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Our NHS is a wonderful thing

Yesterday, as it turned out, I didn’t have a procedure at my local hospital in order that a biopsy could be taken of a small blemish in the centre of my forehead in order to check whether it might be something serious – or hopefully confirm that it wasn’t.

At my age and getting older by the day, of course, one is hesitant to take the line that any report one provides of something which happened in the past is going to 100% correct down to every last detail.

Let me suggest here therefore, dear reader, that what follows is my personal recollection and/or perspective upon what happened, a statement which both permits me to claim that it is accurate to the best of my ability yet also allows for the possibility that these days ‘the best of my ability’ may not be quite as stringent a standard as it once may have been.

About eighteen months – maybe  two years – ago I first noticed (or had it pointed out to me) that I had a reddish blemish/spot/scar on my forehead, as near as dammit just above and halfway between my eyes. At first I did wonder how long it would take for those who know me well to give me the nickname “Cyclops” in jest: I say that primarily because they tend to be the type of people who would.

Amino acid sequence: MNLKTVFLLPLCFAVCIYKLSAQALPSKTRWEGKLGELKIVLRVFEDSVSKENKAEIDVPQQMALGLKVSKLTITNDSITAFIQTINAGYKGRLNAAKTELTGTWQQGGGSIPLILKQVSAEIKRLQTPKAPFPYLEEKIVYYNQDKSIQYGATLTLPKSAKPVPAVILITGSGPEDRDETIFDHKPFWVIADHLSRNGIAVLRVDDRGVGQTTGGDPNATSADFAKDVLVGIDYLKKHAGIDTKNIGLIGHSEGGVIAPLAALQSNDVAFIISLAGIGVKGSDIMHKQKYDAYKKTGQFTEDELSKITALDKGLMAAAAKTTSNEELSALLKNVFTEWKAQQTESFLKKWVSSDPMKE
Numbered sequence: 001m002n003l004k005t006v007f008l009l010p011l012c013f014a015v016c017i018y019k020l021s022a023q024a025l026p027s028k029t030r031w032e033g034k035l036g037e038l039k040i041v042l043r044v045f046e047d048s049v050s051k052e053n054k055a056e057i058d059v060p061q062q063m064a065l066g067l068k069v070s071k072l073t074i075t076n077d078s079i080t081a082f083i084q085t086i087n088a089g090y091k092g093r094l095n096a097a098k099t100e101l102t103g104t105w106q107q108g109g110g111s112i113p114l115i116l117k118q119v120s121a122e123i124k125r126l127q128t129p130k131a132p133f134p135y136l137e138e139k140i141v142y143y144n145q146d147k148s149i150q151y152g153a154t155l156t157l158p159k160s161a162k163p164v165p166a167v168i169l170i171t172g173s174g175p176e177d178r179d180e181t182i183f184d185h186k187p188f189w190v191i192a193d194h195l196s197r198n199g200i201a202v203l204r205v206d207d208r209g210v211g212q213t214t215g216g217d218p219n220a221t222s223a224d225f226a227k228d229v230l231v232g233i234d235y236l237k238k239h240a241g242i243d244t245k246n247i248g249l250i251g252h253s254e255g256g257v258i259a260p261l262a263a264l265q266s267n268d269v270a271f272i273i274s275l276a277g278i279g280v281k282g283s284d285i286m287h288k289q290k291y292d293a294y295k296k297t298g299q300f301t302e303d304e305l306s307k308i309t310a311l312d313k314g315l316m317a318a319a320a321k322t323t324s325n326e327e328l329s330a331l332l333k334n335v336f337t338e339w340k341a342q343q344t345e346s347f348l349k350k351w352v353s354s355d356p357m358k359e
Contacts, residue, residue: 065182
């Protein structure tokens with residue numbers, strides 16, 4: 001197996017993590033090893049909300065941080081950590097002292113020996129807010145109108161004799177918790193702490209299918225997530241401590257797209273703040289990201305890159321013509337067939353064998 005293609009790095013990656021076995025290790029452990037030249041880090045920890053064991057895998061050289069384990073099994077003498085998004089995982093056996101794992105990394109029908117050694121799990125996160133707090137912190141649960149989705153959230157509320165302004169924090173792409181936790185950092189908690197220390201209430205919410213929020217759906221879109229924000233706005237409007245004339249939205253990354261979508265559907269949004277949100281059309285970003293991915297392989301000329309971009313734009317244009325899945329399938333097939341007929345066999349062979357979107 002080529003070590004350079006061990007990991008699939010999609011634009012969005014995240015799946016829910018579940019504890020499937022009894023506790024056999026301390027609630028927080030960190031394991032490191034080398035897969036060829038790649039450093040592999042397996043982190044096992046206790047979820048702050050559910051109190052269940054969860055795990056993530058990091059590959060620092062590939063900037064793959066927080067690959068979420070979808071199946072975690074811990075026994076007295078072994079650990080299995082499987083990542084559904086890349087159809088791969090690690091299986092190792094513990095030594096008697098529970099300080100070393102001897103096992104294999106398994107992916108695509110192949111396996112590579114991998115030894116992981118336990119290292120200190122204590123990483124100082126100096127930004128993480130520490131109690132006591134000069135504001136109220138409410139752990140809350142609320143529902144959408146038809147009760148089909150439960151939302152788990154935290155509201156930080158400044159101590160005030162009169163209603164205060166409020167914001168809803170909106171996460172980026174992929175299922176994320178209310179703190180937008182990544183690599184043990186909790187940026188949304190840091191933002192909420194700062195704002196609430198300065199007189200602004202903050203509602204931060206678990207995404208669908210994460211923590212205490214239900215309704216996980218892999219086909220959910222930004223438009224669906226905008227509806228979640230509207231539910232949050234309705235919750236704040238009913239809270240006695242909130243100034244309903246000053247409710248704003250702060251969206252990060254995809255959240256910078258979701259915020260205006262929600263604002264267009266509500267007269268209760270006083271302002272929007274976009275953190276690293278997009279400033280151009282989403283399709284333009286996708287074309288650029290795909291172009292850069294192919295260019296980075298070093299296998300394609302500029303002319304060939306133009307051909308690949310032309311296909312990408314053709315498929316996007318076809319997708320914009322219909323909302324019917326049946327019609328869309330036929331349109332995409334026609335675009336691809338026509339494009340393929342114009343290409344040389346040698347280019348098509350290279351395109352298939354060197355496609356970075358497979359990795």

Yet in the event they didn’t. Maybe this was because they figured I’d be self-conscious about it, feeling sorry for myself and/or concerned as to the cause of its sudden appearance.

For good or ill, throughout my life I have consistently tended to take relatively little trouble over my personal appearance.

I like to think that this has largely been because I don’t possess a great deal of ego or a high opinion of myself – arguably characteristics to be admired, one might like to think – but also because, taking an even-handed view of the situation, I am happy to admit that when “good looks” were being dished out in the great Scheme of Life although, if I wasn’t necessarily right at the back of the queue, I certainly wasn’t anywhere near the front of it either.

From an early age I was a physical kid who liked a bit of rough-and-tumble (wrestling), became particularly adept at climbing trees, was always prepared to ‘do things for a dare’ and loved sport. Coming with this territory came the occasional bruise, cut, scrape and sundry other minor injuries which I regarded as occupational hazards if not on occasions ‘badges of honour’, the kind of thing that one only noticed after the battle was over and hopefully won.

At my prep school each boy was allocated to one of six units called a section that were then judged competitively throughout each term by the number of merit points each collectively won, minus the demerit points they had picked up.

At the end of one term, during the traditional school assembly at which the headmaster dished out the gongs, he told my outfit – the Seagulls – that, as long as I belonged to it, we were unlikely ever to be awarded the main cup available because in all his thirty years at the school he had never come across anyone as scruffily presented as yours truly: if memory serves the phrase “dragged through a hedge backwards’ was mentioned in his description of my daily appearance.